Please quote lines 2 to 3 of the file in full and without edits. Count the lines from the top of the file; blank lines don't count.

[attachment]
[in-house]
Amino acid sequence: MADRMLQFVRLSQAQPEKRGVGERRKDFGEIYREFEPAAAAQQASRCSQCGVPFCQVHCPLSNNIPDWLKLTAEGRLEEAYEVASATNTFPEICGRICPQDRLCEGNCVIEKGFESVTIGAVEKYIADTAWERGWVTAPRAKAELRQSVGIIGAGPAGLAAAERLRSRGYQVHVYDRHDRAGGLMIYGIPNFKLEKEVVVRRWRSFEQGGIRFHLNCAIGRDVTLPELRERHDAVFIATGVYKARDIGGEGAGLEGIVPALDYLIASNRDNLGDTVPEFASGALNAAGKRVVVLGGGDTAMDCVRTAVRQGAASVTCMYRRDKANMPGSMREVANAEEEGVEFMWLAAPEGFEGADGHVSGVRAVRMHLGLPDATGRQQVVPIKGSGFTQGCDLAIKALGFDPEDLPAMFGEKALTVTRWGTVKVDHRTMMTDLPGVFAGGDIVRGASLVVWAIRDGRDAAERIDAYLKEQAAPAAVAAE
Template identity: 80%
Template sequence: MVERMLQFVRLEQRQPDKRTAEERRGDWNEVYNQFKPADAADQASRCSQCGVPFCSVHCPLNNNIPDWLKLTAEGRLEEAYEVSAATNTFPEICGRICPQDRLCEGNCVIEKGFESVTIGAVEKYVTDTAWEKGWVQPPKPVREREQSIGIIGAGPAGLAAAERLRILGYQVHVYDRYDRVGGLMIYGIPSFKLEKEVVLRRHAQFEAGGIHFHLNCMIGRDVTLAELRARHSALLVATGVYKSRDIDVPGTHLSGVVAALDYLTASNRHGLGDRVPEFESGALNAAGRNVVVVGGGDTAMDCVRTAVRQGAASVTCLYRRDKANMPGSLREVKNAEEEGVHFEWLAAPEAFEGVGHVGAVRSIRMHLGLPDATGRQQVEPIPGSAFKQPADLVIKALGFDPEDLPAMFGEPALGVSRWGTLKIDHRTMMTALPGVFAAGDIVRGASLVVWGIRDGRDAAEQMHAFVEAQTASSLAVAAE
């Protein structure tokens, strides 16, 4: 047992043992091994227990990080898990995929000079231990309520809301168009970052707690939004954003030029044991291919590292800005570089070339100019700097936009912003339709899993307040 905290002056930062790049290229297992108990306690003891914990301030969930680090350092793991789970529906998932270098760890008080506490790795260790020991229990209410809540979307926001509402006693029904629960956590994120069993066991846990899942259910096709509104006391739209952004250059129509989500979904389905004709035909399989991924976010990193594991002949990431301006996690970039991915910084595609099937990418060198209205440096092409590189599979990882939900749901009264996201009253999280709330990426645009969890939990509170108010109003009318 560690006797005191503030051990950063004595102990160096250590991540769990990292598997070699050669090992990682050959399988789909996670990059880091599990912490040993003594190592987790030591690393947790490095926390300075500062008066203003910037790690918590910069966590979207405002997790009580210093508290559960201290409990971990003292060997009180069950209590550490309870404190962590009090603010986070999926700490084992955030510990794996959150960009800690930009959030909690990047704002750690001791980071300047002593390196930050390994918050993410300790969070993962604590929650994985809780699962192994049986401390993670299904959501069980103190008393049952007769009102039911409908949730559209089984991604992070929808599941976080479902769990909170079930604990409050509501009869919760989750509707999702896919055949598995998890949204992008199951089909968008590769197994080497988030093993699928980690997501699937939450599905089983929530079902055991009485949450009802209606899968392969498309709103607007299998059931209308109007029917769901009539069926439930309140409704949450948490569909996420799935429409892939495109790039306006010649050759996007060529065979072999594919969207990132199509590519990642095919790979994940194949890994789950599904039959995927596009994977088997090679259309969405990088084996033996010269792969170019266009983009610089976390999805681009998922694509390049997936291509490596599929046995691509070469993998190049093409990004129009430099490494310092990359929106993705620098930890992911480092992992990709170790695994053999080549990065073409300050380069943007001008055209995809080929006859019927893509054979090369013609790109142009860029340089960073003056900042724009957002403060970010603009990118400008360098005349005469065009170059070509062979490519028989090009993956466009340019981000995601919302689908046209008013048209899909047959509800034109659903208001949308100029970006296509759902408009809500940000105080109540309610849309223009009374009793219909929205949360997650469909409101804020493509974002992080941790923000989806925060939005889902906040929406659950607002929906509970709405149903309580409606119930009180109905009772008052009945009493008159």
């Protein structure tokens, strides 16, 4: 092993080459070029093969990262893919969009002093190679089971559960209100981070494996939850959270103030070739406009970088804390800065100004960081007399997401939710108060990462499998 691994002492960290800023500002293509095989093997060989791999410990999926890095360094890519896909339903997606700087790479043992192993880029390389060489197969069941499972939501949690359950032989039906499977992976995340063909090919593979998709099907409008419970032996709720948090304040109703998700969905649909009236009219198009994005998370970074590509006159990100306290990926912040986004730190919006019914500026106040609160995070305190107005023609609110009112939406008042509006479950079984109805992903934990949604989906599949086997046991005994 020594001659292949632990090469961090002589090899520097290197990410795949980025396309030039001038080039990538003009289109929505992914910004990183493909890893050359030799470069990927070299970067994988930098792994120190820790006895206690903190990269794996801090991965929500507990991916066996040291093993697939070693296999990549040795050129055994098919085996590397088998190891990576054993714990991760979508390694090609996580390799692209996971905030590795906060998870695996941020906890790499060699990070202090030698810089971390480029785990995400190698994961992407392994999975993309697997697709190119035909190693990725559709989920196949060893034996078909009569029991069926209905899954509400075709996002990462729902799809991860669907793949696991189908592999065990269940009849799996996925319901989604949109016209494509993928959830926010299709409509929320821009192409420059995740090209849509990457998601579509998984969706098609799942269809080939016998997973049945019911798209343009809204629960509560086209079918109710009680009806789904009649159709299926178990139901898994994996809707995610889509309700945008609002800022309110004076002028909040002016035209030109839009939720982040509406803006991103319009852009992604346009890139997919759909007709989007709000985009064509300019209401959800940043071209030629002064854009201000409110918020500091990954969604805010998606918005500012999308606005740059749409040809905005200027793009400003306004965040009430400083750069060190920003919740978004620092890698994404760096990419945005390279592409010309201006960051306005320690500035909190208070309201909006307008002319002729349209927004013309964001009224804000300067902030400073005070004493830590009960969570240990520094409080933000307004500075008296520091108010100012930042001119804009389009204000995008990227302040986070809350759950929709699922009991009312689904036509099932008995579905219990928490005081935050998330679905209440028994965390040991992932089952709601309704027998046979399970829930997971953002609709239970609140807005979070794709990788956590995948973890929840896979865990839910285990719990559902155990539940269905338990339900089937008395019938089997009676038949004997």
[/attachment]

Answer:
Amino acid sequence: MADRMLQFVRLSQAQPEKRGVGERRKDFGEIYREFEPAAAAQQASRCSQCGVPFCQVHCPLSNNIPDWLKLTAEGRLEEAYEVASATNTFPEICGRICPQDRLCEGNCVIEKGFESVTIGAVEKYIADTAWERGWVTAPRAKAELRQSVGIIGAGPAGLAAAERLRSRGYQVHVYDRHDRAGGLMIYGIPNFKLEKEVVVRRWRSFEQGGIRFHLNCAIGRDVTLPELRERHDAVFIATGVYKARDIGGEGAGLEGIVPALDYLIASNRDNLGDTVPEFASGALNAAGKRVVVLGGGDTAMDCVRTAVRQGAASVTCMYRRDKANMPGSMREVANAEEEGVEFMWLAAPEGFEGADGHVSGVRAVRMHLGLPDATGRQQVVPIKGSGFTQGCDLAIKALGFDPEDLPAMFGEKALTVTRWGTVKVDHRTMMTDLPGVFAGGDIVRGASLVVWAIRDGRDAAERIDAYLKEQAAPAAVAAE
Template identity: 80%